Hundreds of protesters angered by the impending inauguration of Vladimir Putin for a new term as president of Russian Federation demonstrated throughout the country on Saturday but were eventually arrested by the police.
In Moscow, thousands of demonstrators gathered at Pushkin Square.
Mr Navalny called for rallies in more than 90 towns and cities, including Moscow and St Petersburg.
Among the crowd on Pushkin Square were pockets of pro-Putin supporters, many of them young men. He and a group of friends were eying the riot police, trying to stay away from the clashes.
Passing on Saturday, may 5 protest action timed to the inauguration of Vladimir Putin.
Independent monitoring group OVD-Info said almost 1,600 people had been detained by police in 26 cities.
"They said that this city belongs to Putin".
"About 300 people have been detained for public order violations during an unsanctioned public event in downtown Moscow and hauled off to police precincts for questioning", the police said noting the issue of holding them accountable was under consideration.
Protesters shouted "the fourth term - in prison" and "sick of you", AFP correspondents reported. In the Urals city of Yekaterinburg, around 1,500km east of Moscow, a Reuters reporter saw more than 1,000 people protesting, some shouting "Down with the Tsar!" "Putin is not a tsar to be sitting (at the Kremlin) forever".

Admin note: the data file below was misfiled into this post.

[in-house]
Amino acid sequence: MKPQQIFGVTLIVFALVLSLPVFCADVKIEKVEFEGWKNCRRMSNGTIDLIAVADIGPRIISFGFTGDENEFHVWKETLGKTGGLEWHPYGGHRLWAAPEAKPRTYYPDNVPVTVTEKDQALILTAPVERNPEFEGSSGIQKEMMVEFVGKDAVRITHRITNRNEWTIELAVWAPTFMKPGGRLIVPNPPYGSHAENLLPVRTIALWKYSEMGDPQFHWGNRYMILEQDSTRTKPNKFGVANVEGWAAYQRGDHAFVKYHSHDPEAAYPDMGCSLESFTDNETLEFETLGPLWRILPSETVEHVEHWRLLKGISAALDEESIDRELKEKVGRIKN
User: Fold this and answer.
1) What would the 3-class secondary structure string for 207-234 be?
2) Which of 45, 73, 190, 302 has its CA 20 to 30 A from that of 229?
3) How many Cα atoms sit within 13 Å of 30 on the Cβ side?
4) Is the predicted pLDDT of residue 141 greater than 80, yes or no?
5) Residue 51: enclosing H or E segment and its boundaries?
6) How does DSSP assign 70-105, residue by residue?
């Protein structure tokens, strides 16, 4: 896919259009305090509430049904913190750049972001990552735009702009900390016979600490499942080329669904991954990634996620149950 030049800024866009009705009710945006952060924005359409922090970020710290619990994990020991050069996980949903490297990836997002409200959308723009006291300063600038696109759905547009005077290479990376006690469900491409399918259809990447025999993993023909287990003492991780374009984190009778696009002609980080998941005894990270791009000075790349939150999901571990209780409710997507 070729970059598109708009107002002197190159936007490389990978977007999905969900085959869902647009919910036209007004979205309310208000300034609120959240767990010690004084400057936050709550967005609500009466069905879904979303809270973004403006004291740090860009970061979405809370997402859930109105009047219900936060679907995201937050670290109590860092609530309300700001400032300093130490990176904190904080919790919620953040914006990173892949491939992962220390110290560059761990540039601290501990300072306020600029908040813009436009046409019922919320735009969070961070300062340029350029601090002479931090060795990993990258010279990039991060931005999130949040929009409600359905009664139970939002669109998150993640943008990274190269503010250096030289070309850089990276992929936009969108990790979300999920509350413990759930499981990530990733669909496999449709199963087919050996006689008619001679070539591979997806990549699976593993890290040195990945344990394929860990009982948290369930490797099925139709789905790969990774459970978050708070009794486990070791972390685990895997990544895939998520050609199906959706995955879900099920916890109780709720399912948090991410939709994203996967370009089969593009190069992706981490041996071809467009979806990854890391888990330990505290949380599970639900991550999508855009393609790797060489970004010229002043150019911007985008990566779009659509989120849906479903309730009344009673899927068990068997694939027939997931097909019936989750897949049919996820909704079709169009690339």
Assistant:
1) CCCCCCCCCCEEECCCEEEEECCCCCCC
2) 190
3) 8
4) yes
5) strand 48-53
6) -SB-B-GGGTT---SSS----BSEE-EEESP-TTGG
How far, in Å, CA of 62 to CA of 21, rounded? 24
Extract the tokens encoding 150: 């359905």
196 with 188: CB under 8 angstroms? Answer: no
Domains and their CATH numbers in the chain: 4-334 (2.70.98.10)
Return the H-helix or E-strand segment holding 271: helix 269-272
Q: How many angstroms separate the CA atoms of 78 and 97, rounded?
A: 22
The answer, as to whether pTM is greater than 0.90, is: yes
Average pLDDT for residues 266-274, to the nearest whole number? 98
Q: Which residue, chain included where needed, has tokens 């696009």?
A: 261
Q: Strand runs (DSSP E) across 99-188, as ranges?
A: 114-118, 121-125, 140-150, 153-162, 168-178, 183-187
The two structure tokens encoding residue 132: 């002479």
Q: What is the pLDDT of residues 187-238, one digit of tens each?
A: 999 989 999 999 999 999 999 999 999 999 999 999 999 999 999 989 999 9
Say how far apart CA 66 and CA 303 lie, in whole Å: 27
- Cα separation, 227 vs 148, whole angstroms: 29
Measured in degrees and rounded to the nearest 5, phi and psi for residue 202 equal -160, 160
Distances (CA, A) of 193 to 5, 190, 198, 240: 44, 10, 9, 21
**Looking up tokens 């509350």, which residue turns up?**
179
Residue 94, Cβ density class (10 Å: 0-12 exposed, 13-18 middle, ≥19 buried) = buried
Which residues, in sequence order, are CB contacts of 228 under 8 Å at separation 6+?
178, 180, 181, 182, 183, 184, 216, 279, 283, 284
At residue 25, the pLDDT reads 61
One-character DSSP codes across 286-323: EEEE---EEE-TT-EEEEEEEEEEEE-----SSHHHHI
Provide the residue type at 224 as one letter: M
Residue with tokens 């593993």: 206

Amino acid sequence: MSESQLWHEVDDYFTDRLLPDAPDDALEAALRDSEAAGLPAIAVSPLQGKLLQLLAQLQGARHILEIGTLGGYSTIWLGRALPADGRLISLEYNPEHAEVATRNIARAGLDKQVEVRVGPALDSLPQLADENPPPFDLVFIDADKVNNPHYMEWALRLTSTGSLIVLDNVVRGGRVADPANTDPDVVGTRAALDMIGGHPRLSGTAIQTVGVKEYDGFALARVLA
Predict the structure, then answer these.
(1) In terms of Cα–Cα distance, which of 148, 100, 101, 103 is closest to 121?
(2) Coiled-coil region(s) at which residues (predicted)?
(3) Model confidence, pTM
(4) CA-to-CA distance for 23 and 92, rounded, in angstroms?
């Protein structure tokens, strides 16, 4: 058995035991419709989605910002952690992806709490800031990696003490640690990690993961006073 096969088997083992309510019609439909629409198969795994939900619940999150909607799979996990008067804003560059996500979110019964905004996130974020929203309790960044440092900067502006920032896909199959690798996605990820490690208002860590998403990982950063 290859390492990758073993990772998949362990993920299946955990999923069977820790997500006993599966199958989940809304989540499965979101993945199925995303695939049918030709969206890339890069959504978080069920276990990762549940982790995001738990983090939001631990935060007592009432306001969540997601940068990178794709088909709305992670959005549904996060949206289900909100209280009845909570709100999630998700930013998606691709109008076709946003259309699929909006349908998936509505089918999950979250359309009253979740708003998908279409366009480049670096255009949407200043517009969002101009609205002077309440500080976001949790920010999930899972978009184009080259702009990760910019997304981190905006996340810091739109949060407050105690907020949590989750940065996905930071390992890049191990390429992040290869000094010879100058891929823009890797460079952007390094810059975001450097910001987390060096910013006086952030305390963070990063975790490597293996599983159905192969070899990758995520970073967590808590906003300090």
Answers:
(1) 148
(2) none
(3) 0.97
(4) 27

Protesters chanted "shame" and "Putin is a thief" while marching through the capital city, carrying placards or Russian flags.
Seventy five people were detained in the northern city of Yakutsk and more than 40 people were arrested in the southern city of Astrakhan, the monitor said.
Navalny had called for demonstrations in more than 90 towns and cities across Russian Federation against what he says is Putin's autocratic, tsar-like rule.
Videos and photos emerging from Russian Federation show what appear to be large crowds assembled for the protests. His critics have therefore dubbed Monday's inauguration- which will be held with pomp in the Kremlin's gilded halls - a coronation. Putin returned to the presidency in 2012 and was re-elected to a fourth term earlier this year. He will be in office for at least six more years, until 2024.
Putin served his first two presidential terms from 2000 to 2008. Putin was re-elected in mid-March with over 76 percent of the vote, in an election that was criticized by worldwide monitors as marked by pressure on voters and lacking real competition.